So, I’m writing this blog topic because it seems to be a seasonal issue that comes up in my household a lot.  Whether you reside in an apartment, condo, cottage or mansion, the size of the tree you select for the holidays should really be suitable for the space that you live in.  Why am I bringing this up?  Because many people become a bit overly exuberant when the time of trimming comes upon us, which can sometimes affect our selection process.  Don’t get me wrong, I enjoy the crisp clean scent of pine wafting through the house for a couple of weeks and hanging heirloom ornaments that have been cherished over the years but isn’t the height and diameter of our Christmas stage a factor to consider?  With minimal space, you’ve got to be realistic and opt for trees that will ACCENTUATE not ARROGATE your living space.  I get it-you love the yuletide season and finding the biggest, baddest tree in the lot has become an activity you look forward to but you’ve got get real.  That sucker is going to be in a living room, dining room, sitting room or wherever for a good chunk of the month and finding the right size is imperative to continuing the household’s routine functionality.  Dragging home a whopper that is seven times the build of the dinky corner you’re planning to set it up in can only lead to disorganization, tipping accidents, dry out and even fires.  You don’t have to be Clark Griswold to celebrate the holiday in style by mowing down a fir that a cathedral couldn’t even host!  Think about where you’re really putting the thing and then browse your options from there.  You should also be thinking about the comfort of both you and OTHERS who you’ll be sharing the holidays with since someone’s going to be cleaning up a whole lot of needles for the next month.  

Rick Canale.jpg

If you’re not sure what the right size tree is, ask one of the guys that are working the lot because they have a pretty good idea when it comes to Christmas tree etiquette.  If you want, print this out and take it along with you to help make your decision easier and wiser!


My first apartment wasn’t huge but I always had a perfectly trimmed tree that fit beautifully in my living room.  This ½ pint adorable pine is all you need to dress your place up for the holidays!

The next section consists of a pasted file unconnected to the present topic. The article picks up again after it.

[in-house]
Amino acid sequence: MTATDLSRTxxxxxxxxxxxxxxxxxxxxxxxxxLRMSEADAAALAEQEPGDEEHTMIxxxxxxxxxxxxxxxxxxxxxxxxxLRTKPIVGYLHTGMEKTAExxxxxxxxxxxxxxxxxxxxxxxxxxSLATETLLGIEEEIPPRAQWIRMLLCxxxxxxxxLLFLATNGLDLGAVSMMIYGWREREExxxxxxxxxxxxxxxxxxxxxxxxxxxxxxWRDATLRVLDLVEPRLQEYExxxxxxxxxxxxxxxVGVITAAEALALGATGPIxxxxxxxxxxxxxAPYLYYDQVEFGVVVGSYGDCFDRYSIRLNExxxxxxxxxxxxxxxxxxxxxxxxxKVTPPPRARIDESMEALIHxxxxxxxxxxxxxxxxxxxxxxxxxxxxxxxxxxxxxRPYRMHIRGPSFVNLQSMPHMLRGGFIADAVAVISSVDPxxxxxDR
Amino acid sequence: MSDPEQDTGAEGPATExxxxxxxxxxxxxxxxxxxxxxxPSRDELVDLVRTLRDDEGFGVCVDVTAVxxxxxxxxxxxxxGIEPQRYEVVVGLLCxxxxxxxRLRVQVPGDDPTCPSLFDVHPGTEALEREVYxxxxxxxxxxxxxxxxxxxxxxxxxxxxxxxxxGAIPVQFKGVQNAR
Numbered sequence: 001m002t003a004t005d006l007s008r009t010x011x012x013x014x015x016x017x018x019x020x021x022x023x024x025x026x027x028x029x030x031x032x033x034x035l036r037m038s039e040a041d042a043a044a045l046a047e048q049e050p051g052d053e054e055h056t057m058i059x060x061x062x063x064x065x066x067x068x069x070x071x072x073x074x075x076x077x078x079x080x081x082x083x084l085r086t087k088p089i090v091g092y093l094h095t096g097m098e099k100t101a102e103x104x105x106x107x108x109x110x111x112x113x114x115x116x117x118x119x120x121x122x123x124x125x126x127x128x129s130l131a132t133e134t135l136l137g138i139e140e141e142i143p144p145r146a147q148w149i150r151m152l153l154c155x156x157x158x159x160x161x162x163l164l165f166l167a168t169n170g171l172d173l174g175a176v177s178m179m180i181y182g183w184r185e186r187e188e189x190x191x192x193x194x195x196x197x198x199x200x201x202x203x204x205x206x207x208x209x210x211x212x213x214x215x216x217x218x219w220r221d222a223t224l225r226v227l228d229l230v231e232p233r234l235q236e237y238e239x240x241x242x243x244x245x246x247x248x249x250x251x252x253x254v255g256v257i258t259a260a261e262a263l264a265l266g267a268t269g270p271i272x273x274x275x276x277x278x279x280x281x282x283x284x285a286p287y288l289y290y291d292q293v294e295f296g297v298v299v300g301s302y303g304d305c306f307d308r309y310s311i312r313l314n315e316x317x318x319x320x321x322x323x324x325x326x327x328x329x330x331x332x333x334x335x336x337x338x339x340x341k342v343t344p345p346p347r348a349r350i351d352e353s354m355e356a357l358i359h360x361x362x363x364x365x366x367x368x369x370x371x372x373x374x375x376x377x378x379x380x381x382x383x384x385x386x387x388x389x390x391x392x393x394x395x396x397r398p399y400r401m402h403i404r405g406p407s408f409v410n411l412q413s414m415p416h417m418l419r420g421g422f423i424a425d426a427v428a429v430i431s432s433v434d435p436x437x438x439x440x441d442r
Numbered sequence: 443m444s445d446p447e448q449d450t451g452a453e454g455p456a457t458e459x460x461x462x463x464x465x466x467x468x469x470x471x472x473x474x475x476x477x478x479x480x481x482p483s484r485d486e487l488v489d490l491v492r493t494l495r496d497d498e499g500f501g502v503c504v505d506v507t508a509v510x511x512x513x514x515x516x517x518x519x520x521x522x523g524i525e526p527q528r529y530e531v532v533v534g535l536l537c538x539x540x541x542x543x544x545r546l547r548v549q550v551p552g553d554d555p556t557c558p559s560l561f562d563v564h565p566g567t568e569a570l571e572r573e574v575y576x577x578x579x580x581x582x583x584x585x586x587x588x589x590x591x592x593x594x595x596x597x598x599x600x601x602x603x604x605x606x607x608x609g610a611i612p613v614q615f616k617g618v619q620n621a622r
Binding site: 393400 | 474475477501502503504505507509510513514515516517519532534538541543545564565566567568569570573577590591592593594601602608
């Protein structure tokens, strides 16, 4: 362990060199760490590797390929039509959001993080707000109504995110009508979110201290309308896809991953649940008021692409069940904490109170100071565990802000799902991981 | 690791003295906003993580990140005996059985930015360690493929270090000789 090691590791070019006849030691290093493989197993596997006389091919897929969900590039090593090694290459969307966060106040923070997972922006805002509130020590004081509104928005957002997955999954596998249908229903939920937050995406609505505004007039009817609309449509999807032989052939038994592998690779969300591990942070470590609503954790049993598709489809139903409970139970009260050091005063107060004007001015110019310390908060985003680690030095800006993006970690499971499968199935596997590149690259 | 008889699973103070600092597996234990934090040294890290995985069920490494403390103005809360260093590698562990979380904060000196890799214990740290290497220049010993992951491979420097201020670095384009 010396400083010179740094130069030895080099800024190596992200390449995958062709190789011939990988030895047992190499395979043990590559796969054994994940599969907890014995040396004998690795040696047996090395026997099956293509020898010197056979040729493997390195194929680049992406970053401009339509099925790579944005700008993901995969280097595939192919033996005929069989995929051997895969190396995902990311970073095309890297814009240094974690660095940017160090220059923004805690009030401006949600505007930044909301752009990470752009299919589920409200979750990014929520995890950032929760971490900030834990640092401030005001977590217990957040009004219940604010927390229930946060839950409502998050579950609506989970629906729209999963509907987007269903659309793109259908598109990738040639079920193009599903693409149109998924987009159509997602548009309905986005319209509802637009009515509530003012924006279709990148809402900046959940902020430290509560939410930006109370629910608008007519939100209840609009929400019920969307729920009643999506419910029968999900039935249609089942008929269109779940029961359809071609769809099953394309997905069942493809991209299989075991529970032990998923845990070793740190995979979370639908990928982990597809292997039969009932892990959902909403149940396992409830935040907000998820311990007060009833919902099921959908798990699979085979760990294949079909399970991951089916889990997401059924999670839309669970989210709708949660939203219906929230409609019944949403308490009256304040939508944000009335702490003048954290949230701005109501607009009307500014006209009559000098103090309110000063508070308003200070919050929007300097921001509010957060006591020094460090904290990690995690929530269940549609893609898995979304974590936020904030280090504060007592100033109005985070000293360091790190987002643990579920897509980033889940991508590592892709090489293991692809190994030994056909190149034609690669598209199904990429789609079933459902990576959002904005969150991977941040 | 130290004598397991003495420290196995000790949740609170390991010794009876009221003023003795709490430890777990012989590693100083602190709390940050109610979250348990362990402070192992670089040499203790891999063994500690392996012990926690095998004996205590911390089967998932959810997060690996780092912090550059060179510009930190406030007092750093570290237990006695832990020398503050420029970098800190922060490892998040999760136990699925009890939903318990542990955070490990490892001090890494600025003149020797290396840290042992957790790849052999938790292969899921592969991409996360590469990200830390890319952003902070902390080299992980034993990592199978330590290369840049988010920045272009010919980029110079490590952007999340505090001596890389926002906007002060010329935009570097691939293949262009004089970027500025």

If you are lucky to live in a warm cottage, you might want to think about this size since it is completely reflective of the charm of your home.  Not to big, not too little but          just right!




If you live here- GO FOR IT!  Go check out the monster trees that could only probably fit in the entrance of a mall and light that sucker up!

Tags: Traditions, Holiday Decor, Christmas Trees, Christmas

A Poinsettia Isn’t Just Your Everyday Christmas Flower

Posted by Suzie Canale on Fri, Dec 16, 2016

The poinsettia is the most popular species of flower grown for the month of December and is cultivated for the sole purpose of seasonal arrangements and décor.  The Christmas bloom is both traditionally recognized as one of the top five holiday symbols (trees, wreaths, lights and holly are above) as well as the most frequently purchased item for gifts.  Every year, florists seek out premier plants from premier growers expecting that it will once again be an item of high demand. If you aren’t familiarly with the poinsettia, take a good look and you, too might become smitten with its seasonal attractiveness.   Formed with large star-like petals and decadent hues of red, white, pink and burgundy, the pleasant visual presentation keeps this product continuously in high demand.  Easily transportable and relatively affordable compared to other Yuletide tokens, its no wonder why guests often pick up a poinsettia as a quick gift for friends and family!